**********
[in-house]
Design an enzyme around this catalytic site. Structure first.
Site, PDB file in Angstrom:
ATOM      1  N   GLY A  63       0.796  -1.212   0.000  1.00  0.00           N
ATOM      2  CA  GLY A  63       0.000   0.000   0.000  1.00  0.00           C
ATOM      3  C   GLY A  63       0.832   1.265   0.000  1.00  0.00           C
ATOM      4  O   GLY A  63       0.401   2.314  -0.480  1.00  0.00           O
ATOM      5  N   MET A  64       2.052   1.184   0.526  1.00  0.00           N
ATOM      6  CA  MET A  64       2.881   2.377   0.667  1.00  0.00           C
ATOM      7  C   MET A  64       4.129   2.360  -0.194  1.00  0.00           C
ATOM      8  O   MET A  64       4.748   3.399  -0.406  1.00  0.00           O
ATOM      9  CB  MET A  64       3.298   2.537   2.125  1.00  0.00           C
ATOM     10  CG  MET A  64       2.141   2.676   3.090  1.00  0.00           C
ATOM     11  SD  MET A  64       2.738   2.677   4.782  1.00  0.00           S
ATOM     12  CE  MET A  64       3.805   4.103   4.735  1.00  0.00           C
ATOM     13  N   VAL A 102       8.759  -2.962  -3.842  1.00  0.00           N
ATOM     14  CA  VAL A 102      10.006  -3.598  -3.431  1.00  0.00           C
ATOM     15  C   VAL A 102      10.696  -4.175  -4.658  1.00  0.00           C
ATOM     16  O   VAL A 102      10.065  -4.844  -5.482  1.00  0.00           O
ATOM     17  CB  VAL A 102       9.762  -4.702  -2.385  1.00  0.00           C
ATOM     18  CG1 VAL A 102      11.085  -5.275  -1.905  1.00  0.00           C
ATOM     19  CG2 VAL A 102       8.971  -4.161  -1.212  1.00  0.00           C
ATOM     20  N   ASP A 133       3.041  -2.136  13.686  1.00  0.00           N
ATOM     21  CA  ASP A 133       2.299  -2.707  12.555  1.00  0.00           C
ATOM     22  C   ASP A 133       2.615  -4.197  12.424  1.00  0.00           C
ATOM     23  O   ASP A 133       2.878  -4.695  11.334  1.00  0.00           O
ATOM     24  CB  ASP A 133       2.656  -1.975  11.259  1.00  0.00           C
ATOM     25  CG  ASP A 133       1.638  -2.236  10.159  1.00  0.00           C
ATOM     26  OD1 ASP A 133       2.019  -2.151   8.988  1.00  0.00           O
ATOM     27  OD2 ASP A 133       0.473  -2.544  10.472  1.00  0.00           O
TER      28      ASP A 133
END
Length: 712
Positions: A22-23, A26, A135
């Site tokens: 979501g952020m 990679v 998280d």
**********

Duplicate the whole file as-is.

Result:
[in-house]
Design an enzyme around this catalytic site. Structure first.
Site, PDB file in Angstrom:
ATOM      1  N   GLY A  63       0.796  -1.212   0.000  1.00  0.00           N
ATOM      2  CA  GLY A  63       0.000   0.000   0.000  1.00  0.00           C
ATOM      3  C   GLY A  63       0.832   1.265   0.000  1.00  0.00           C
ATOM      4  O   GLY A  63       0.401   2.314  -0.480  1.00  0.00           O
ATOM      5  N   MET A  64       2.052   1.184   0.526  1.00  0.00           N
ATOM      6  CA  MET A  64       2.881   2.377   0.667  1.00  0.00           C
ATOM      7  C   MET A  64       4.129   2.360  -0.194  1.00  0.00           C
ATOM      8  O   MET A  64       4.748   3.399  -0.406  1.00  0.00           O
ATOM      9  CB  MET A  64       3.298   2.537   2.125  1.00  0.00           C
ATOM     10  CG  MET A  64       2.141   2.676   3.090  1.00  0.00           C
ATOM     11  SD  MET A  64       2.738   2.677   4.782  1.00  0.00           S
ATOM     12  CE  MET A  64       3.805   4.103   4.735  1.00  0.00           C
ATOM     13  N   VAL A 102       8.759  -2.962  -3.842  1.00  0.00           N
ATOM     14  CA  VAL A 102      10.006  -3.598  -3.431  1.00  0.00           C
ATOM     15  C   VAL A 102      10.696  -4.175  -4.658  1.00  0.00           C
ATOM     16  O   VAL A 102      10.065  -4.844  -5.482  1.00  0.00           O
ATOM     17  CB  VAL A 102       9.762  -4.702  -2.385  1.00  0.00           C
ATOM     18  CG1 VAL A 102      11.085  -5.275  -1.905  1.00  0.00           C
ATOM     19  CG2 VAL A 102       8.971  -4.161  -1.212  1.00  0.00           C
ATOM     20  N   ASP A 133       3.041  -2.136  13.686  1.00  0.00           N
ATOM     21  CA  ASP A 133       2.299  -2.707  12.555  1.00  0.00           C
ATOM     22  C   ASP A 133       2.615  -4.197  12.424  1.00  0.00           C
ATOM     23  O   ASP A 133       2.878  -4.695  11.334  1.00  0.00           O
ATOM     24  CB  ASP A 133       2.656  -1.975  11.259  1.00  0.00           C
ATOM     25  CG  ASP A 133       1.638  -2.236  10.159  1.00  0.00           C
ATOM     26  OD1 ASP A 133       2.019  -2.151   8.988  1.00  0.00           O
ATOM     27  OD2 ASP A 133       0.473  -2.544  10.472  1.00  0.00           O
TER      28      ASP A 133
END
Length: 712
Positions: A22-23, A26, A135
């Site tokens: 979501g952020m 990679v 998280d």